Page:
The Treasury has clarified new rules that will prevent South Africans from accessing their retirement annuities for three years after they’ve left the country.

Sable International In the news: The South African

This article was originally published on The South African

The National Treasury and SARS presented the Draft Taxation Laws Amendment Bill (TLAB) to the Standing committee on Finance in October, providing some clarity on the proposed changes announced in July. Here’s what you need to know about how financial emigration will be affected. 

Financial emigration out, tax emigration in

Currently, South Africans under the retirement age of 55 can only access and extract their retirement annuities by applying to the South African Reserve Bank (SARB) when they formally (financially) emigrate.  Although this does not directly change your tax status with SARS, it can be used as an indicator of changing your intention from that of being a tax resident to not being a tax resident in South Africa.  This enables taxpayers to encash and transfer their retirement annuities out of the country before the annuities mature.

As part of a slew of amendments made to the Income Tax Act (no. 58 of 1962), the government is phasing out the concept of “formal/financial emigration” for exchange control purposes. Instead, tax rules will be updated to include new requirements before emigrants can transfer a retirement annuity, provident fund, or pension “lump sum” out of the country. 

If you would like help with withdrawing and transferring your South African retirement annuities or other retirement savings, or assistance with tax emigration, you can complete our financial emigration assessment questionnaire and a consultant will contact you.  


If you have an RA that you’d like to encash and are wondering how these new rules affect you and what you should do, Sable International has identified four scenarios which we believe affect most South Africans:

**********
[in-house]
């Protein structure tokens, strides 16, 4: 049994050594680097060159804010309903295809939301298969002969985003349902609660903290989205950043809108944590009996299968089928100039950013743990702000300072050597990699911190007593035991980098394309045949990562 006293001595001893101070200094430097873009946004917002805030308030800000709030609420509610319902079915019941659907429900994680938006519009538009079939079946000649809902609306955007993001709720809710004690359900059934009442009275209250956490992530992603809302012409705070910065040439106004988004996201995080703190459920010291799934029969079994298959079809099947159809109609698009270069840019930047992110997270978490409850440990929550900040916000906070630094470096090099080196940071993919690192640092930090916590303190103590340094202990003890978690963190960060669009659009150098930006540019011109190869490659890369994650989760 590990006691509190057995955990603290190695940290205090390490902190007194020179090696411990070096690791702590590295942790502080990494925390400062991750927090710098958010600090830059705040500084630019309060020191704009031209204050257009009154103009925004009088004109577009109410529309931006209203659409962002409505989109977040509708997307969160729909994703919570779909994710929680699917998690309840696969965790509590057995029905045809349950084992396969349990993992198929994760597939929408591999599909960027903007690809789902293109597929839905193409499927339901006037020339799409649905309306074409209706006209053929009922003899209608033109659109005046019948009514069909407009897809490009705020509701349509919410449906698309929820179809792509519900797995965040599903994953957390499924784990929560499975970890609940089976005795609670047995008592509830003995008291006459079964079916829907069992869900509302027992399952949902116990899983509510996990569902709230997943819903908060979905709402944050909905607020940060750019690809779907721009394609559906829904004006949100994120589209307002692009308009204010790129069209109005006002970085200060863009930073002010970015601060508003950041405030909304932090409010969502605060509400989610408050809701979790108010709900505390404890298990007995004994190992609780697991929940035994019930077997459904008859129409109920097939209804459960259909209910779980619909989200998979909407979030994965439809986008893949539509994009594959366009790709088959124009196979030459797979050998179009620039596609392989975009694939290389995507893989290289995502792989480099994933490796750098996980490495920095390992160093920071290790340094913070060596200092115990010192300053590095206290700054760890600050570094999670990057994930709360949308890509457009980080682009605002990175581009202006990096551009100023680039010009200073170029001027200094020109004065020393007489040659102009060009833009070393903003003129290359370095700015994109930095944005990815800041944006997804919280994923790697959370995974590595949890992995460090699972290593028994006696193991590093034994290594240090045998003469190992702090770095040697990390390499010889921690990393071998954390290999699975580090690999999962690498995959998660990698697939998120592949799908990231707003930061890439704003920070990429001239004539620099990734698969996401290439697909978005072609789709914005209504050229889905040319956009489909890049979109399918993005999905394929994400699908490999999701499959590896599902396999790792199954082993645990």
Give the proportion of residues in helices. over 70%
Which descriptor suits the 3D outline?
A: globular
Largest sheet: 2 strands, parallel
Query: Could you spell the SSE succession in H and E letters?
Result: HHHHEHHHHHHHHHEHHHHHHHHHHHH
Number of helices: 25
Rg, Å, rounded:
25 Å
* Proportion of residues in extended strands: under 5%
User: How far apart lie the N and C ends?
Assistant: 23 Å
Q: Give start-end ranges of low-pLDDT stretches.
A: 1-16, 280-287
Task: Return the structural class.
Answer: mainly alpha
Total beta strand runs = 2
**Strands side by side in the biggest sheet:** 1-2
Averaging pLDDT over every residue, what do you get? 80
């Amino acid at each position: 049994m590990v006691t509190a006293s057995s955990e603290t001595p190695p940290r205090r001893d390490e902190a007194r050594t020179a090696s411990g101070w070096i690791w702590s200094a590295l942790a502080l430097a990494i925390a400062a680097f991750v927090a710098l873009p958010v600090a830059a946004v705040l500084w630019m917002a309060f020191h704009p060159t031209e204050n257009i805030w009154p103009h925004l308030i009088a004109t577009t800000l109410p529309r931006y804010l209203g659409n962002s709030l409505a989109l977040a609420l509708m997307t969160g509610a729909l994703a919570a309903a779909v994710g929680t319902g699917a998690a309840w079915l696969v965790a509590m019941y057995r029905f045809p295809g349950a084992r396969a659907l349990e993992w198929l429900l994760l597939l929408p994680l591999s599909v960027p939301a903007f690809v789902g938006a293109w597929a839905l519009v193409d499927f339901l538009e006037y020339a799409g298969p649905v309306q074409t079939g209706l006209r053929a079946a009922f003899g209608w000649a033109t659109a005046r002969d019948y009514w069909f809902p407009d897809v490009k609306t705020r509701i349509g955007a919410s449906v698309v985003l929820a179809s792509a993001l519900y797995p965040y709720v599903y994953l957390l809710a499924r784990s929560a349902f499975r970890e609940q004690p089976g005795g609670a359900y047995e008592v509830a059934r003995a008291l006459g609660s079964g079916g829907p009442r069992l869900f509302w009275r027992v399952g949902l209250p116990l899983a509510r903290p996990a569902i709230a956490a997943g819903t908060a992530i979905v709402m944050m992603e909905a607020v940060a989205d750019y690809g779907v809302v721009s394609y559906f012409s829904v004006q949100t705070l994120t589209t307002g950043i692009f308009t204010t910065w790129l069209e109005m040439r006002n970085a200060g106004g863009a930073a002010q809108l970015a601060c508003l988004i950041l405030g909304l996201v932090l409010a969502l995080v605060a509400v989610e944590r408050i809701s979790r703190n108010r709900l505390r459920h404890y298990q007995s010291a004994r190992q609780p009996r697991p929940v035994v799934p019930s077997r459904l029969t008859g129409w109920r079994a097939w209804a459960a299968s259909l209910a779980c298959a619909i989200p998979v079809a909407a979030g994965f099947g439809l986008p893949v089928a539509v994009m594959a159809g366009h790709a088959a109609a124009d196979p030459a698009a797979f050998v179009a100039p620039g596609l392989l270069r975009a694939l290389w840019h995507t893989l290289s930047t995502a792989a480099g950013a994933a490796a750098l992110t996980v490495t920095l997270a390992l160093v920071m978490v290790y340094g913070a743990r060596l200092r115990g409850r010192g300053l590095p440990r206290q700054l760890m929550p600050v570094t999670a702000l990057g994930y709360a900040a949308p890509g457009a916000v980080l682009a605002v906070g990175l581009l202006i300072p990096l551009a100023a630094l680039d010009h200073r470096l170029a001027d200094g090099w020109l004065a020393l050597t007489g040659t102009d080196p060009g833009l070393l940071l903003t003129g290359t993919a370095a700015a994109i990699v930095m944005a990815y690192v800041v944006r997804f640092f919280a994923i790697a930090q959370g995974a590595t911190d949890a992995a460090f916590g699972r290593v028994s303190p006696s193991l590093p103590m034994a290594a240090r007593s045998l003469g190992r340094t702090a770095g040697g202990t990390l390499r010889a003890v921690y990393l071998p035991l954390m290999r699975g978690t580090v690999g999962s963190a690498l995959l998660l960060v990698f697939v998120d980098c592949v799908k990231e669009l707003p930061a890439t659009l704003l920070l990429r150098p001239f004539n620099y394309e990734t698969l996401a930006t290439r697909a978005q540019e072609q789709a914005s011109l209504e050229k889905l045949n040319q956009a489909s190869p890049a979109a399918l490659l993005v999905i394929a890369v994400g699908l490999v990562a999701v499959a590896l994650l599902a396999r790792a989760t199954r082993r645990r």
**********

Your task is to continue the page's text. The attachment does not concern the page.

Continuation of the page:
1. You are only leaving South Africa after March 2021 – You have no option other than to tax emigrate and wait the required period, prove yourself three years non-tax resident and then only encash your RA.
  2. You are leaving South Africa between now and the end of February 2021 – Realistically you might be out of time to process your financial emigration (which you can only start once you have left SA) before the change. The closer your departure date is to the end of February 2021, the less likely it is to get it processed in time. The rules will allow for individuals who have submitted their applications to SARB to encash policies post-March 2021 up until February 2022 using the old financial emigration process. However, it’s important to bear in mind that there is a process to get your application submitted to the SARB and this involves completion of the MP336, submitting relevant documents and obtaining tax clearance from SARS, which is the unknown variable as this can take at least 21 days, assuming your affairs are in order.
  3. You left South Africa within the past three years – Depending on how urgently you need your RA funds, the same applies as above. The longer you have been out of the country, the more sense it might make to wait for new rules to be implemented and proceed with your tax emigration process back-dating to when you became a non-tax resident in SA. This process might also prove to be simpler and a less costly way to encash your RA.
  4. You left South Africa more than three years ago – Post-March 2021, when you can prove non-tax residence, it should be a lot simpler (and less costly than financial emigration) to encash you RA.

Tax emigration will become the requirement and you will need to speak to a qualified tax practitioner in SA to assist you with this process and then you may also need assistance with the encashment of your policy and opening of a bank account in South Africa to receive the proceeds and transfer them overseas. Sable International will be here to help.

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